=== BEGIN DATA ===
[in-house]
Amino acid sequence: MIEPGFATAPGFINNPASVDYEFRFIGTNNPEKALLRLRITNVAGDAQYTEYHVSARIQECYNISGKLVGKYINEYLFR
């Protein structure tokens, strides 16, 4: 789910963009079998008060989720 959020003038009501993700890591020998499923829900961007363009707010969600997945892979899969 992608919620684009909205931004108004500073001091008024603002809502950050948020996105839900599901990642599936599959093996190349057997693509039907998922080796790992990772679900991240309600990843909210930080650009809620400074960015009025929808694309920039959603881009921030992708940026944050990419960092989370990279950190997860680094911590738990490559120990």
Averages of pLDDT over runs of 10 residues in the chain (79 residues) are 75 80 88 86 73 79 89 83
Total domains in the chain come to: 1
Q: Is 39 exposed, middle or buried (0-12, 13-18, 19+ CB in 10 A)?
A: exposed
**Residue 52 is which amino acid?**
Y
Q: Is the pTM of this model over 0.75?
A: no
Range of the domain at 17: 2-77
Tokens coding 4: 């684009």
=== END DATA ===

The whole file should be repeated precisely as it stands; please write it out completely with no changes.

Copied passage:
[in-house]
Amino acid sequence: MIEPGFATAPGFINNPASVDYEFRFIGTNNPEKALLRLRITNVAGDAQYTEYHVSARIQECYNISGKLVGKYINEYLFR
């Protein structure tokens, strides 16, 4: 789910963009079998008060989720 959020003038009501993700890591020998499923829900961007363009707010969600997945892979899969 992608919620684009909205931004108004500073001091008024603002809502950050948020996105839900599901990642599936599959093996190349057997693509039907998922080796790992990772679900991240309600990843909210930080650009809620400074960015009025929808694309920039959603881009921030992708940026944050990419960092989370990279950190997860680094911590738990490559120990």
Averages of pLDDT over runs of 10 residues in the chain (79 residues) are 75 80 88 86 73 79 89 83
Total domains in the chain come to: 1
Q: Is 39 exposed, middle or buried (0-12, 13-18, 19+ CB in 10 A)?
A: exposed
**Residue 52 is which amino acid?**
Y
Q: Is the pTM of this model over 0.75?
A: no
Range of the domain at 17: 2-77
Tokens coding 4: 């684009």